Do You Know Who Your Realtor® Works For?
Might seem like a silly question but, in the state of North Carolina, we have several Agency Relationships! There is a Seller’s Agent, A Buyer’s Agent, a Dual Agent and a Designated Agent. Do you know the difference?
When one person (seller or buyer) authorizes another person (agent) to work on their behalf the two are therefore bound together. This is the crux of “Common Law of Agency” and sets forth the fiduciary duties that an agent owes his principal (seller or buyer). The following 5 duties are what is owed to a Principal by their Agent:
- Loyalty and Obedience – (follow your lawful instructions and promote your best interests)
- Accounting – (account for all monies they handle for you)
- Disclosure of Information – (provide you with all material facts which may influence your decision)
- Skill, Care, and Diligence
While these fiduciary duties are a common thread among all types of agency (Seller, Buyer, Dual and Designated) there are some differences between the agency relationships.
The two agency relationships that may seem the most self-explanatory are Buyer Agency and Seller Agency.
Buyer Agency: A principal, in this case a buyer, contracts with an agent to be an advocate for them, and only them, for a real estate transaction. The agent owes to the principal all of the above 5 fiduciary duties.
Seller Agency: A principal, in this case a seller, contracts with an agent to be and advocate for them, and only them, for a real estate trasaction.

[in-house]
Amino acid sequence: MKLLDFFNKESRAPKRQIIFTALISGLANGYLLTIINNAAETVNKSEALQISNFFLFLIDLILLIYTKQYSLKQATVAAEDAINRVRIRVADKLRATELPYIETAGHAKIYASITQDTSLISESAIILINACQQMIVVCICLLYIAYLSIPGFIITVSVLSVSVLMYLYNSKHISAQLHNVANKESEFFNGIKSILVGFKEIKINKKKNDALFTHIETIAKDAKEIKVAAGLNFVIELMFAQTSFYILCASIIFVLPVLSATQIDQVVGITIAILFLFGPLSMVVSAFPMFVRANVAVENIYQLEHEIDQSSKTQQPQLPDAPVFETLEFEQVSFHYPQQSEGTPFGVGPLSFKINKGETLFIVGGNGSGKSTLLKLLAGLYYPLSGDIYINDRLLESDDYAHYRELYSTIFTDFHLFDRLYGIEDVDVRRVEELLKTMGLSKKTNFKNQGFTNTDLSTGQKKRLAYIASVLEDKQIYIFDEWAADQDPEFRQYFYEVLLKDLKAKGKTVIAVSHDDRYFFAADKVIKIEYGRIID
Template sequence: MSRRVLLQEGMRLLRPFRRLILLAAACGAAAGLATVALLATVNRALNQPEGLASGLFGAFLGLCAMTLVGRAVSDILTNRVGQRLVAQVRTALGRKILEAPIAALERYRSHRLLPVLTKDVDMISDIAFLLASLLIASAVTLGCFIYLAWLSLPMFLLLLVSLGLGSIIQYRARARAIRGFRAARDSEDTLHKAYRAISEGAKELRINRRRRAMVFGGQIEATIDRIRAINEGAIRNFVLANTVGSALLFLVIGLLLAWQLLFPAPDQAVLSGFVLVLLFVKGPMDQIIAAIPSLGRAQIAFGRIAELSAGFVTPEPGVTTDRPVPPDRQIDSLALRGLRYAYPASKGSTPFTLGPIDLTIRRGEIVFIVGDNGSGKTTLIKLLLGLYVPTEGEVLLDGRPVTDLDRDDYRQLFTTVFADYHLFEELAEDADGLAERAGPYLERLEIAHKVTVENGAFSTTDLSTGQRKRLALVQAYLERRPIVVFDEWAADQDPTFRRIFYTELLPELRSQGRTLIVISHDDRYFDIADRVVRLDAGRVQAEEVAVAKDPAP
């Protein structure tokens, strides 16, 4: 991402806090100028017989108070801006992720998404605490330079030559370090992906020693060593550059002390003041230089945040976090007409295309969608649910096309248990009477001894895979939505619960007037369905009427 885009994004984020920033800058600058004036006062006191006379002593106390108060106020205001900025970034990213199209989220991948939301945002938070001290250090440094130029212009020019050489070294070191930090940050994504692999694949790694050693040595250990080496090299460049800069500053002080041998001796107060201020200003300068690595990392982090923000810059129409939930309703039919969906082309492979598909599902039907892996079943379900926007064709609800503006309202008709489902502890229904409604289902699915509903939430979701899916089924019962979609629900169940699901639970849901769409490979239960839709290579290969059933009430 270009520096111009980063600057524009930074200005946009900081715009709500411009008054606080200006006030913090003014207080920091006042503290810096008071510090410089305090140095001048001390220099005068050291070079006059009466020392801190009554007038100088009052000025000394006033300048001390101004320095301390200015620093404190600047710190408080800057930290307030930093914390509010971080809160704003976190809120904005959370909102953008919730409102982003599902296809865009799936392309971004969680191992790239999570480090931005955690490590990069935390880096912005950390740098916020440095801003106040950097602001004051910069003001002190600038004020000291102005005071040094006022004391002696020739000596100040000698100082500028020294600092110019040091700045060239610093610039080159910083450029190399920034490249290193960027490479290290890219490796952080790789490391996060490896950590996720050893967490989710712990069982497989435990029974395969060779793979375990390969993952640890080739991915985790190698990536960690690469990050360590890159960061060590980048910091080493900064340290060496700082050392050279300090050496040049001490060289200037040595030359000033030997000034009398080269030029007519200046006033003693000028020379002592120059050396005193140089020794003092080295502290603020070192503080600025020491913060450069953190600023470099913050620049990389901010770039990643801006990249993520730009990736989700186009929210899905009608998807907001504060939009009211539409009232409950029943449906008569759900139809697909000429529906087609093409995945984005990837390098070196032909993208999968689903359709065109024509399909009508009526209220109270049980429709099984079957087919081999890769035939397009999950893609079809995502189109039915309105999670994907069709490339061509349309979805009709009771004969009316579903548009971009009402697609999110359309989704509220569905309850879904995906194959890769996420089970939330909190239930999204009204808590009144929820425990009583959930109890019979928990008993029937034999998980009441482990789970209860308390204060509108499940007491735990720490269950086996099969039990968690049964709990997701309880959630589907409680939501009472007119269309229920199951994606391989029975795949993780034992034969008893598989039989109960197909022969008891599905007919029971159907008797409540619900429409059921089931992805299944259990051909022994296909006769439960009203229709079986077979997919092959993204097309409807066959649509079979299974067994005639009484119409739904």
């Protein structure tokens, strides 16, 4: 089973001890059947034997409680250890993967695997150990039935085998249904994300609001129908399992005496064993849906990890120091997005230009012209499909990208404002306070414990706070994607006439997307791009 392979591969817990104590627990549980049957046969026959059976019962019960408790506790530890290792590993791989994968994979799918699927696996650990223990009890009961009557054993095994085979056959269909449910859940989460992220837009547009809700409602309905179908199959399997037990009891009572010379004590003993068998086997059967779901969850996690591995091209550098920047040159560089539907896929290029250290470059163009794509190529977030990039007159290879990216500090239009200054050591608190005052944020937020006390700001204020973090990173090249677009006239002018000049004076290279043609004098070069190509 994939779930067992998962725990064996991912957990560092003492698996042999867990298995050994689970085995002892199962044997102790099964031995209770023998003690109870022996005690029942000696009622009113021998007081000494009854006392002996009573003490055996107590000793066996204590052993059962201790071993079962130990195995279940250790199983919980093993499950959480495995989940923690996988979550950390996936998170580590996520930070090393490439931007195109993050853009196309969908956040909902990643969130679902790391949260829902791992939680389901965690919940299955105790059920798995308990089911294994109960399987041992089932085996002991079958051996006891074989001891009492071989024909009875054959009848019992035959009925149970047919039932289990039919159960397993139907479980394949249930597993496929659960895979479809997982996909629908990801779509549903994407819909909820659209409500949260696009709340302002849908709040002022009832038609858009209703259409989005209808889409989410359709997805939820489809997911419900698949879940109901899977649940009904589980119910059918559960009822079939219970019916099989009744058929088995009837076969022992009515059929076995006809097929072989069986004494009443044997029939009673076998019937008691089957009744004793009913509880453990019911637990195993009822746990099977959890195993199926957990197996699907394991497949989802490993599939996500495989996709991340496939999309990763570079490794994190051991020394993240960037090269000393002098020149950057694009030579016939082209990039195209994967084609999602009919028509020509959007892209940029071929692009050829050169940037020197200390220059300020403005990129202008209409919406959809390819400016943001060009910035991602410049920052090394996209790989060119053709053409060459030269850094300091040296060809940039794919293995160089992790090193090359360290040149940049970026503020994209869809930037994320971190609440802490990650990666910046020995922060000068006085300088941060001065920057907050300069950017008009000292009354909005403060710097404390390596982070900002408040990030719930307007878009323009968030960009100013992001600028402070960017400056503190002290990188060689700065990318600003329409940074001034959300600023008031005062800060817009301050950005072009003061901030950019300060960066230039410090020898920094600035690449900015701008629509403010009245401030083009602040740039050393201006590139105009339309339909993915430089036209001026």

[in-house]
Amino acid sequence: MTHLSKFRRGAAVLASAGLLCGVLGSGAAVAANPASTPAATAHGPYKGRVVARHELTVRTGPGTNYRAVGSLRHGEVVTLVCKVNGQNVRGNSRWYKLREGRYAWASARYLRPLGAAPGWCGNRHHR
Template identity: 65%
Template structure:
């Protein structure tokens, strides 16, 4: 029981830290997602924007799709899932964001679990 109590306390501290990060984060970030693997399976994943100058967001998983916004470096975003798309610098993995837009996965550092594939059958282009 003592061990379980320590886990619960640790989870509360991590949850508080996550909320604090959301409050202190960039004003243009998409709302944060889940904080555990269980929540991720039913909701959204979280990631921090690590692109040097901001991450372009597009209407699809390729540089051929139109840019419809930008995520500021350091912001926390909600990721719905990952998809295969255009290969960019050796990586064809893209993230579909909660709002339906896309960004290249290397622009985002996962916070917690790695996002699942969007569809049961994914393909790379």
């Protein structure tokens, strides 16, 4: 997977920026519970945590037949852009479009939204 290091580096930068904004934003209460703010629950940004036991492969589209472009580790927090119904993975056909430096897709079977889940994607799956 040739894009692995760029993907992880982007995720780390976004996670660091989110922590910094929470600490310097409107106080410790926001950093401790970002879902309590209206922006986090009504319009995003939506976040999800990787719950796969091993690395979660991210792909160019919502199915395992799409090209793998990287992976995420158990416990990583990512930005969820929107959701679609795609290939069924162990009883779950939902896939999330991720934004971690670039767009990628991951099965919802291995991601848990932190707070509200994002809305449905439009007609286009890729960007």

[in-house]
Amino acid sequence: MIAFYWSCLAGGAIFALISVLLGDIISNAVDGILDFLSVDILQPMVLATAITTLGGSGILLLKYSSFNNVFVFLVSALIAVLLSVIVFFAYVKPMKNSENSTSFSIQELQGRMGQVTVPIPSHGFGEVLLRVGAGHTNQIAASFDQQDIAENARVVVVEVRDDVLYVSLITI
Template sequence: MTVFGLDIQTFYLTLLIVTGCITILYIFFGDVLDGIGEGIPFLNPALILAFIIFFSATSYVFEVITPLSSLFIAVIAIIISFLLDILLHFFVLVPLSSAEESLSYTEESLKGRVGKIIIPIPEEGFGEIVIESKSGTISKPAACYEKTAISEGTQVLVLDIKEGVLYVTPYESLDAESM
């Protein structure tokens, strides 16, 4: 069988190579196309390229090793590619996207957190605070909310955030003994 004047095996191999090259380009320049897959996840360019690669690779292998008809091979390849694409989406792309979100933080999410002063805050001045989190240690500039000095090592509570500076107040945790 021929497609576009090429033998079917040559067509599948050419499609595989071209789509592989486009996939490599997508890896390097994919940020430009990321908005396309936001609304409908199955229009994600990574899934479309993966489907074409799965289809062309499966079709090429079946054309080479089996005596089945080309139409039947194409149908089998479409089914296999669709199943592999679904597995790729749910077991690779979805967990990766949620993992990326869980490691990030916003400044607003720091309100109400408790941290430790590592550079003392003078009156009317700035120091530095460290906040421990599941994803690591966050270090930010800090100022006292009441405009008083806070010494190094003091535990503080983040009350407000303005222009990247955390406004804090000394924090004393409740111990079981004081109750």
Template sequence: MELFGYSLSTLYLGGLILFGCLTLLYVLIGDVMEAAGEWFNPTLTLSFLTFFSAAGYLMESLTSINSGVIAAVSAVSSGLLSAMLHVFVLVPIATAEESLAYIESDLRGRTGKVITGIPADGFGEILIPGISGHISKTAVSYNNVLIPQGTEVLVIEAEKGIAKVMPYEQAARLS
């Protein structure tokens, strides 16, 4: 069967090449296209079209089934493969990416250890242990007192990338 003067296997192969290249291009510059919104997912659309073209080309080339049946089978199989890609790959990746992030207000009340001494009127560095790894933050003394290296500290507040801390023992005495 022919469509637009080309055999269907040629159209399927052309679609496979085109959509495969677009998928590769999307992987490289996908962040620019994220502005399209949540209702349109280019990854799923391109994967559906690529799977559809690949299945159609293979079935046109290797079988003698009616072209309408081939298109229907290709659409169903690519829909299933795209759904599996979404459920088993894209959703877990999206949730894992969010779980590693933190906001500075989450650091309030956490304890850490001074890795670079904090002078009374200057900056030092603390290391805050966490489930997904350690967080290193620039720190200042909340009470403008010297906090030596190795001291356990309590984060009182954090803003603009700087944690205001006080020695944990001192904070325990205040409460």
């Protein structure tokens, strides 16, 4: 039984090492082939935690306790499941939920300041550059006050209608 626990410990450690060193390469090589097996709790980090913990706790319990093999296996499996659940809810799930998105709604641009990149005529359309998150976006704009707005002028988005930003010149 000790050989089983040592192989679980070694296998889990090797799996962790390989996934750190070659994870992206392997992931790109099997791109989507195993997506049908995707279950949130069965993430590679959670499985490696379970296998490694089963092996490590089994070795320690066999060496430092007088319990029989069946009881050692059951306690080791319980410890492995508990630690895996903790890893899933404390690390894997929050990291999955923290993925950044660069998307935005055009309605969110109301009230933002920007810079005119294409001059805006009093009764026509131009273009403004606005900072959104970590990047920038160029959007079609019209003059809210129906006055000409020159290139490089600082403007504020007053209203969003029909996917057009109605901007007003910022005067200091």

What is most important to note – Until Agency is established between a Principal (seller or buyer) and an Agent ALL AGENTS WORK FOR THE SELLER! There are no exceptions! What this means is that anything you, as a buyer, may say to an agent is NOT privileged and confidential UNTIL you agree upon Agency Relationship!
Example: A buyer drives by a property for sale and calls the number of the agent on the sign. At this point, they are just looking. While on the phone the buyer decides that they may be interested in seeing the property and may offhandedly and innocently offer information such as place of employment (home is close to where they work), mention that they qualify for a much higher amount (the agent gives the price of the home and the buyer says no problem we’ve talked to a lender and we qualify for much more than that), etc…… All of this information can be used against you in the negotiation process should you choose to make an offer on the property. Why? The agent that answered the phone is working for the seller. Regardless of how friendly they may seem, the information they give or the information they try and get – they work for the seller! It is critical for all buyers NOT to divulge ANY information of a confidential nature or one that may hamper their negotiating leverage until they have contracted with a BUYERS AGENT!
So, what about Dual Agency and Designated Agency? We’ll explore that more in a follow-up post – great information and need to know guidelines!